Guilding the Plum

by Daisy on 04/07/2014

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In permaculture, fruit tree guilds are a way of creating a miniature sustainable ecosystem in your yard. Instead of sticking a fruit tree in the ground in the middle of a field and watering and fertilizing and spraying it conventionally, a guild is humans mimicking nature’s way of doing these things.

After all, in natural settings, trees are fruitful and successful without any of the deer having to run over to the Co-op to buy fertilizer–not that I have seen.

We create a mini-natural ecosystem in our backyards by observing what happens in nature and copying it. This way we can benefit from the low-tech, low-effort, self-perpetuating natural processes in our own yards.

In the following example, my plum guild, I truly mean MINI. Guilds can get huge, and become actual edible forests, but I live in the suburbs and I am starting small.

The tree was planted last fall, so I dug out a trench around the existing tree, but this can be done at the time of planting.

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Elements:

The tree or shrub

This can be anything you want to have in your yard: fruit or nut tree or shrub. Just like nature, though, select something that does well in your region. In this case I selected a Chickasaw plum, which is native to my state and region and is known for being adaptable and disease-resistant. The fruit is tart and tasty. It can also take dappled light, although it prefers full sun.

Insect Nectary Plants

These are blooming plants which attract beneficial pollinators and other beneficial insects. I planted yarrow (achillea millefolia), which is a terrific companion plant I grow throughout my vegetable garden. It attracts butterflies, predatory wasps, and ladybugs, among others, and repels ants, flies, and mosquitoes. (It makes a good insect repellent when tinctured). I also planted daffodil bulbs around the plum tree. In addition to their blooms, they are known to repel voles and so protect the baby plum tree root system.

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Soil Conditioners/Fertilizers

These are elements that improve the tilth of the soil around the plant and add nutrition to the soil for the plant to thrive. I chose comfrey, a medicinal perennial that puts down deep roots to break up the clay and mines trace minerals from deep in the soil. It also has a nice bloom that attracts pollinators and looks pretty. The large leaves shade the soil, prevent weeds, and can be cut down a couple of times a year and left around the tree to fertilize the soil with all those good minerals that the deep roots sucked up. Comfrey roots easily from small pieces of root dug up from existing plants. I just ringed the tree with these chunks of root and they will sprout and come up later this year.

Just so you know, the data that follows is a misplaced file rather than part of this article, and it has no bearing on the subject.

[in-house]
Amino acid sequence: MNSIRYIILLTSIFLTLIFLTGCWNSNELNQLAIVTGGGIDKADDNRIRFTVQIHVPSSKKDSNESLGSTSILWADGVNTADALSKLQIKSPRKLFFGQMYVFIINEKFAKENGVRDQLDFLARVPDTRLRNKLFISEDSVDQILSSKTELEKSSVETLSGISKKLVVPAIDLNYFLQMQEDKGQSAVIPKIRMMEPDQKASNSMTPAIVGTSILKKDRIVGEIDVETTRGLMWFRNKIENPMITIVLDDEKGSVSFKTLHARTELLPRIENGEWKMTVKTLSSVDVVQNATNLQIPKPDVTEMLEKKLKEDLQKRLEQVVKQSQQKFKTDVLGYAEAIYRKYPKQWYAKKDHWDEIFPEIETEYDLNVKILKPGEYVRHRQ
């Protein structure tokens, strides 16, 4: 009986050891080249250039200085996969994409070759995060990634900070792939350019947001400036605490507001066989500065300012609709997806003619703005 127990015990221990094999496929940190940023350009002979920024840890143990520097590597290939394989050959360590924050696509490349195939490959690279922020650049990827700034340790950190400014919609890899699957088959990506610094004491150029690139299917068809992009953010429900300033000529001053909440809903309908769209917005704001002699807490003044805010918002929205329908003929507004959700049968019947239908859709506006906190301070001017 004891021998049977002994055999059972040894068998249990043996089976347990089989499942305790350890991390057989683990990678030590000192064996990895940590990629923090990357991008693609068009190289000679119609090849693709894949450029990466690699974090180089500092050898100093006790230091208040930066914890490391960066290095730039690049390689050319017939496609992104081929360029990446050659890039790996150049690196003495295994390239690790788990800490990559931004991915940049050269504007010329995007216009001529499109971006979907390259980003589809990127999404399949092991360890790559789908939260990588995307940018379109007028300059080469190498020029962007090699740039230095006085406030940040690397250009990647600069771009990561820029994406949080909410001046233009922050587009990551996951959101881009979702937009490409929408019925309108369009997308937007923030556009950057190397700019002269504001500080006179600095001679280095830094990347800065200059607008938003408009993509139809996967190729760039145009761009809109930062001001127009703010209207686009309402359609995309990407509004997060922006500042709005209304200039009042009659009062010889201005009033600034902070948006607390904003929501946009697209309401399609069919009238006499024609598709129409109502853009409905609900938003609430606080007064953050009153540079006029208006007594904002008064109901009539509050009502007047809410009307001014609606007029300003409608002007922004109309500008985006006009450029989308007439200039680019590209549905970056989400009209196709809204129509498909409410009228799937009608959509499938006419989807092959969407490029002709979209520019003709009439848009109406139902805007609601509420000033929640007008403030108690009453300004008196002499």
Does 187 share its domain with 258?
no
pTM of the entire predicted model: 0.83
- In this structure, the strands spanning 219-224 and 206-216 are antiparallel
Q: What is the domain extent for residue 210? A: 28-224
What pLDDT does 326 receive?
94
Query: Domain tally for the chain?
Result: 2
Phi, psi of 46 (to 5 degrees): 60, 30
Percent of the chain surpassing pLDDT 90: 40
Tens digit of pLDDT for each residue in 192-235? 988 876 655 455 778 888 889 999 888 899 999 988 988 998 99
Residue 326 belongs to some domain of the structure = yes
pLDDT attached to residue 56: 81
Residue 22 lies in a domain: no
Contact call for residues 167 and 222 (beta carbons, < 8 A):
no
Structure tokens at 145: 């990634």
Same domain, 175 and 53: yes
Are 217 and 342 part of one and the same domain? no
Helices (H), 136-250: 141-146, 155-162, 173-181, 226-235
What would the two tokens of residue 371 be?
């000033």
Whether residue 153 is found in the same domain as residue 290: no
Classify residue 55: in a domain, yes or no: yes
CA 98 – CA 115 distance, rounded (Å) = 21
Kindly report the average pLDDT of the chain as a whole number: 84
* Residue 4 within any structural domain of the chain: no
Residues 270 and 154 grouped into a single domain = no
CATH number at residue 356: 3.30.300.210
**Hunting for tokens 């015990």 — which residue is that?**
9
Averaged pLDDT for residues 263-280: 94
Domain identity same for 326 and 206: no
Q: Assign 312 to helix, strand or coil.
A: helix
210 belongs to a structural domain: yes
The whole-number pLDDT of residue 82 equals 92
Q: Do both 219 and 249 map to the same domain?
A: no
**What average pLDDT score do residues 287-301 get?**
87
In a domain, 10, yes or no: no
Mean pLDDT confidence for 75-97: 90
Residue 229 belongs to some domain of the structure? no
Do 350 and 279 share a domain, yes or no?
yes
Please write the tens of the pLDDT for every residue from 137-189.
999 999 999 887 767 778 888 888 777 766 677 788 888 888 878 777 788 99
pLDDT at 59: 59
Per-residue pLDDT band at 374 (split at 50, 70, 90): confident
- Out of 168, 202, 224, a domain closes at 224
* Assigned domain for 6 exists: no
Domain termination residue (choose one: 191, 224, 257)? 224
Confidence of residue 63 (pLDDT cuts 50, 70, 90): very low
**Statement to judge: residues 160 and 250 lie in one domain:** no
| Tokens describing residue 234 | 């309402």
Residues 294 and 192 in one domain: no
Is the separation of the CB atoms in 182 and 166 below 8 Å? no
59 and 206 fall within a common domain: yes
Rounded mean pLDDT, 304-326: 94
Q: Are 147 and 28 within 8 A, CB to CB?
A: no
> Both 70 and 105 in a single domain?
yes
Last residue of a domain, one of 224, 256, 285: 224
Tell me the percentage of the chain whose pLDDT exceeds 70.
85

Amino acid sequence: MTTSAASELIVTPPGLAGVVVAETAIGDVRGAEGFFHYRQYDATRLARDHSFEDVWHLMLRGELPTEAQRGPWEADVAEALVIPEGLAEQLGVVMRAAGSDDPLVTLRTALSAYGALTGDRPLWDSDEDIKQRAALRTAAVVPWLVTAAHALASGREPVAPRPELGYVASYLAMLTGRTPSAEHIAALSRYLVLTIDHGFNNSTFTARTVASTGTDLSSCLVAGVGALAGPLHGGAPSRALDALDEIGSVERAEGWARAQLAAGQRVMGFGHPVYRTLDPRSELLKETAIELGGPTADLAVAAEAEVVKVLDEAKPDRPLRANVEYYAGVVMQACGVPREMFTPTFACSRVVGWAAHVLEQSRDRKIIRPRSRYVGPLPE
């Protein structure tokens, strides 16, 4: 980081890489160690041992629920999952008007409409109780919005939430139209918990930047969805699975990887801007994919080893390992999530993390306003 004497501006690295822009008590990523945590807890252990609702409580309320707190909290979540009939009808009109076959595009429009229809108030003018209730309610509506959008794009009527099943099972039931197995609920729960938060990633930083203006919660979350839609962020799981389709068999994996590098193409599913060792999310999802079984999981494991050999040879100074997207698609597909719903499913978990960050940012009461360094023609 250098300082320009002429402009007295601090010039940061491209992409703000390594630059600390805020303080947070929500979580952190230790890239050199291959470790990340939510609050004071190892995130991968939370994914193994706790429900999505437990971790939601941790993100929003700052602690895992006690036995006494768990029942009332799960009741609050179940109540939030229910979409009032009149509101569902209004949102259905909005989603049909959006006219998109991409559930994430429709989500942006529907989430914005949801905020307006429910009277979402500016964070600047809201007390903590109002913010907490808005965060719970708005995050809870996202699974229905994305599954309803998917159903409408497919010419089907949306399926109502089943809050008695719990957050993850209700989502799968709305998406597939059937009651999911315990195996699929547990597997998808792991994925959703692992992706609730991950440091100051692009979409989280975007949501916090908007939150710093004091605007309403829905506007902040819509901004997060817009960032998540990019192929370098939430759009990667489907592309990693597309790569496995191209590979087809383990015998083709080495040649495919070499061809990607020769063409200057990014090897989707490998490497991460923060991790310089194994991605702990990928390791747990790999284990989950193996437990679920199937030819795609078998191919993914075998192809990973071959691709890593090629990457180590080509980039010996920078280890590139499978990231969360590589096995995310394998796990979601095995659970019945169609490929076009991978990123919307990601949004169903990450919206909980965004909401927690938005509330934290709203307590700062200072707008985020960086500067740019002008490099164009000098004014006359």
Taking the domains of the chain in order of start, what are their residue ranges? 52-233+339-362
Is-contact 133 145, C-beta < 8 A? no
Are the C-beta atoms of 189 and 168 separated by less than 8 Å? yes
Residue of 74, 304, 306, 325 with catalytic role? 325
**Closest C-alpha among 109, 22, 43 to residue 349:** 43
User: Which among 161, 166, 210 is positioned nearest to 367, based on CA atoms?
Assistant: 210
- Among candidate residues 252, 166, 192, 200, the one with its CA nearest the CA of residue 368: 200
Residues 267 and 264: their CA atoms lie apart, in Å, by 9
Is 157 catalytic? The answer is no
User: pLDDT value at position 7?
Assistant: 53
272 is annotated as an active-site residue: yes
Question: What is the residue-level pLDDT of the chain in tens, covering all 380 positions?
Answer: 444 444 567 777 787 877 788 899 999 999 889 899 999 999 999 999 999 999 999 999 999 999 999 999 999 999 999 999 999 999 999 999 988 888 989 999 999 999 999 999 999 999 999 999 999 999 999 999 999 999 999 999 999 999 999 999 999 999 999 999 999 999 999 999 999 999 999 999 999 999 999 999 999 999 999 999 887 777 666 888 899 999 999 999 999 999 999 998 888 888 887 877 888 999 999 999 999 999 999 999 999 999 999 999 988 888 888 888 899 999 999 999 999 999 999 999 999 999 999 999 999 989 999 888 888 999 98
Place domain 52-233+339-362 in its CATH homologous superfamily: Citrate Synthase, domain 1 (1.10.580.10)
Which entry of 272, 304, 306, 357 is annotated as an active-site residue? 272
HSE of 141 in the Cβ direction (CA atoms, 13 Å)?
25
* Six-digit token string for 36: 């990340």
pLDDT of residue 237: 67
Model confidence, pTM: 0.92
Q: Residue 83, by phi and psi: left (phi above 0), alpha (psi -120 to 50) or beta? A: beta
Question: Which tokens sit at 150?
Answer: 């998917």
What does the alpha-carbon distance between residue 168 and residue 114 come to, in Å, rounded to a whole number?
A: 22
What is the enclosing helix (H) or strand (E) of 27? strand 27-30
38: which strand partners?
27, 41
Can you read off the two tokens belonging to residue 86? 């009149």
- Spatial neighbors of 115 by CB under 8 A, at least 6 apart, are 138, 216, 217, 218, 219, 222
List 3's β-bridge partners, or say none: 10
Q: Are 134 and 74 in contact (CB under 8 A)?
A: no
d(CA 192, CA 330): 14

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I put down some shredded bark from Mulch Mountain II (no longer PU!) to help keep the weeds down and keep a buffer zone around the tree for the lawn mower. The guild will grow up as the tree grows, spreading and maturing, and making friends with the chickens. I’m gradually guilding my other fruit trees, too. I’ll report on their progress as it goes.

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P.S. The tomato cage isn’t a part of permaculture design. It’s because the tree is a little too close to the basketball goal.



{ 9 comments… read them below or add one }

Julie April 9, 2014 at 7:11 am

Do you have any concerns about the yarrow and comfrey spreading all over the rest of your yard? I really appreciate you sharing this!

Cynthia April 9, 2014 at 8:07 am

I was wondering about the use of yarrow. It is very invasive, how do you control it in your guild so that it doesn’t become a problem?

Caitlin | The Siren's Tale April 9, 2014 at 8:30 am

I love reading about permaculture! It’s always so interesting to see companion planting and ways to build mini eco-systems. I hope the plum trees grow beautifully and deliciously!

Holly April 9, 2014 at 9:09 am

Just started an online permaculture design certificate course with Geoff Lawton. He has a slew of free videos at his website (down for a while, but will be back up soon). Inspiring and informative. Lots of vids on Youtube as well, by any number of authors. Hope lots of people read about permaculture and adopt the ethic underlying it: Care of People, Care of Planet, Share the surplus! Good for personal resilience and food security….

Nancy from Chickasaw Country April 9, 2014 at 8:45 pm

Chickasaw plums grow wild here. They make the best tasting and most beautiful jelly. The color is fantastic. I juice my plums and then freeze the juice for jelly making. I love to do it for Christmas presents. This is my “most favorite” jelly. Enjoy!

Daisy April 9, 2014 at 9:14 pm

Cynthia–I haven’t had too much of a problem with it in my veg beds. I can always divide it up and move or give it away.

Daisy April 9, 2014 at 9:15 pm

Julie–My comfrey is the noninvasive type and the yarrow is pretty well behaved. I let it go up to a point then divide it.

Helen April 26, 2014 at 7:14 am

What’s the best way to find out what plants to “guild” with for a particular tree if you don’t have time to take courses?

Daisy April 26, 2014 at 9:00 am

Helen–Here’s a good table: http://deepgreenpermaculture.com/companion-planting/companion-planting-table/
You can find other similar lists by searching for your particular tree plus “permaculture guild” or words to that effect. Good luck!

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